At this point in history, many examples of stained glass windows and window frames started appearing in architecture. Stained glass, as we know it today, originates from ancient Rome, where they were made using lead that was produced by smelting. Many different types of leaded glasses started appearing in the middle Ages — they could be found not only in churches and palaces but also in common houses with small windows.

By the end of the Middle Ages, iron and glass windows started to replace the ones made of stone due to their heavier weight, but they also started to be used as walls in castles. By this time, iron and led glass windows became enhanced with very detailed decorations — we can see many examples from palaces and churches.

Windows in the 18th century

In the 18th century, when there were many new inventions, such as steam engines and farms, people started to use greenhouses for agricultural purposes. These greenhouses were often built with large windows in order to allow sunlight into them. People started realizing that both inside and outside could be heated with these greenhouses, which had much bigger spaces for air exchange.

Inside these greenhouses, artificial light and ventilation were also needed in order to grow plants inside them. In order to achieve this, people started using glass windows — some of them were made using iron bars, but mostly they were clear glasses.

After the French Revolution, new windows appeared in houses and palaces which were fitted with metal frames and glass panes (especially in France). These windows also included decorative features such as figures of saints or animals on them.

In America, numerous houses from the 18th century are preserved from when their owners had a passion for antique furniture — they often used old window frames fitted with stained glass pieces.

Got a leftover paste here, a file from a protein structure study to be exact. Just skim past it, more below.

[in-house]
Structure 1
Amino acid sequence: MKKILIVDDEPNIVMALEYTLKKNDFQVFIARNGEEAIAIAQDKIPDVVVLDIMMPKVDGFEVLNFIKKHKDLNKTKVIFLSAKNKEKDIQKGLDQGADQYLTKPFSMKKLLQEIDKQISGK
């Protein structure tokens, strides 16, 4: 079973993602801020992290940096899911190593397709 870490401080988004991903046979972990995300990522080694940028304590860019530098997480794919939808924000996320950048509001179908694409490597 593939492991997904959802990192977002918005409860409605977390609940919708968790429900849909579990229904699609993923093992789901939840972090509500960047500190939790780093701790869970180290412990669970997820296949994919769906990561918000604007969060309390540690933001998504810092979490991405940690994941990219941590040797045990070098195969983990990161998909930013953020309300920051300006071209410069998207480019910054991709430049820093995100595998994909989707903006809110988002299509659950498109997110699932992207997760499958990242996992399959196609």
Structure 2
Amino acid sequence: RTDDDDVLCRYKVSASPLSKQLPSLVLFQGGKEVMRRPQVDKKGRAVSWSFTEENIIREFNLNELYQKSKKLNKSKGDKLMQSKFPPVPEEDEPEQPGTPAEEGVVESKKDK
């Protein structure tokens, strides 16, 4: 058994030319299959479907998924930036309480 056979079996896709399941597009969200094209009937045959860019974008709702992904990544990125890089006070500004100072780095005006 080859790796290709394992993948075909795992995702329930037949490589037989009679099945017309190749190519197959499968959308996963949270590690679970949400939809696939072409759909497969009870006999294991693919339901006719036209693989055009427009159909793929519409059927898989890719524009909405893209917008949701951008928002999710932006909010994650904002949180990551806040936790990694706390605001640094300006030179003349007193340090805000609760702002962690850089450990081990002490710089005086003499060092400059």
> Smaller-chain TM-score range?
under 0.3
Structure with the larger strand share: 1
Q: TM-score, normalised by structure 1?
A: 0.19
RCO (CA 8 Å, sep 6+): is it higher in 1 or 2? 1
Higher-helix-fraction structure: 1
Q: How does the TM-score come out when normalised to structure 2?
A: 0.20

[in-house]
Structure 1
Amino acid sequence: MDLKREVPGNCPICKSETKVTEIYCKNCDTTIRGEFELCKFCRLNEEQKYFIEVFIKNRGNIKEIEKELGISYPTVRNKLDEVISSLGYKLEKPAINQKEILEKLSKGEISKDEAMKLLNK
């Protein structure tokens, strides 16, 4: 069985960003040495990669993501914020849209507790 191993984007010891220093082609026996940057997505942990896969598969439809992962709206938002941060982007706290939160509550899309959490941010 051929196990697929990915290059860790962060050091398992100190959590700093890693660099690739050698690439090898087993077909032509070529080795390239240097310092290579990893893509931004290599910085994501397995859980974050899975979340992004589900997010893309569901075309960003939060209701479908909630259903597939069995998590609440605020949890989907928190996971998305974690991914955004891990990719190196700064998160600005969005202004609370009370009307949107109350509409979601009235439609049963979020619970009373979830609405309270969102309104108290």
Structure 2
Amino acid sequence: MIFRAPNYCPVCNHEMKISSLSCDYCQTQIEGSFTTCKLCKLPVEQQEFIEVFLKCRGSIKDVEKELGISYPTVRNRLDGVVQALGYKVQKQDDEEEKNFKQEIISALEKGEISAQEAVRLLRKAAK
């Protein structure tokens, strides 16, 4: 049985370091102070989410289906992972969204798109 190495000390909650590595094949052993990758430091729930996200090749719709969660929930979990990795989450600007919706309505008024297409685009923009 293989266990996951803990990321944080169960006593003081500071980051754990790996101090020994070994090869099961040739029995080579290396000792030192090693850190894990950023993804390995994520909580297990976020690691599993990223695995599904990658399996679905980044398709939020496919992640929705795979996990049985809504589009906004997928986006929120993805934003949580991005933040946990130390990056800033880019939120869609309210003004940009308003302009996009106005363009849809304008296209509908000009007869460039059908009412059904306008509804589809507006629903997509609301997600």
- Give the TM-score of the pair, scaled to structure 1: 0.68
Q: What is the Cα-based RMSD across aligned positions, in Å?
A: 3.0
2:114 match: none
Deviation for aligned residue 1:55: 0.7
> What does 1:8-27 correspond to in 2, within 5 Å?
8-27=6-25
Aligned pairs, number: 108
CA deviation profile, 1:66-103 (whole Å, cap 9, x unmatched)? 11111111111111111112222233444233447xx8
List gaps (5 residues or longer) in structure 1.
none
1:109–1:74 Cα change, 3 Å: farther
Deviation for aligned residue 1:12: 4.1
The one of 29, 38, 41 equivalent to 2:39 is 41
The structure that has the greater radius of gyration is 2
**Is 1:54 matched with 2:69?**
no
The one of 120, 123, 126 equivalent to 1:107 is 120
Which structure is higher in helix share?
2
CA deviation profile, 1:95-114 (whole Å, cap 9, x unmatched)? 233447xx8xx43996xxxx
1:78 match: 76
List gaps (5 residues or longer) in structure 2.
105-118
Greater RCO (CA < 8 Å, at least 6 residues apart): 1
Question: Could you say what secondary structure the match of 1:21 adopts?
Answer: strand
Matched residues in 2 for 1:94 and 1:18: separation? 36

People started to use leaded glass in their architecture by the end of the 19th century. As time passed and new inventions appeared, lots of glass windows appeared in different areas — some people used them as wall decorations, and others used them for display purposes (such as street signs or architectural elements). It was also at this time when architects started using stained glass to decorate their buildings — they were produced from glass windows with very detailed designs such as those we find today.

Windows nowadays

In the 20th century, new types of lighting became available, which could be installed directly on window panes without any support needed (such as low-voltage lamps that could be installed without wires).

We can see a huge number of windows in different designs nowadays, but many of them have roots in previous eras, so a lot of their origin and history are still preserved. And as we can see from these examples, there are numerous types and variations which have been developed throughout the years.

What's more interesting is that even though we still use most of the same types of frames and understand how they operate, we've never stopped trying to improve on the traditional elements we build with — new materials like glass, aluminum, and plastic are among the top materials used nowadays.

That's why they are always changing such that they fit in with our needs at any given time. For more information, visit Dako Windows.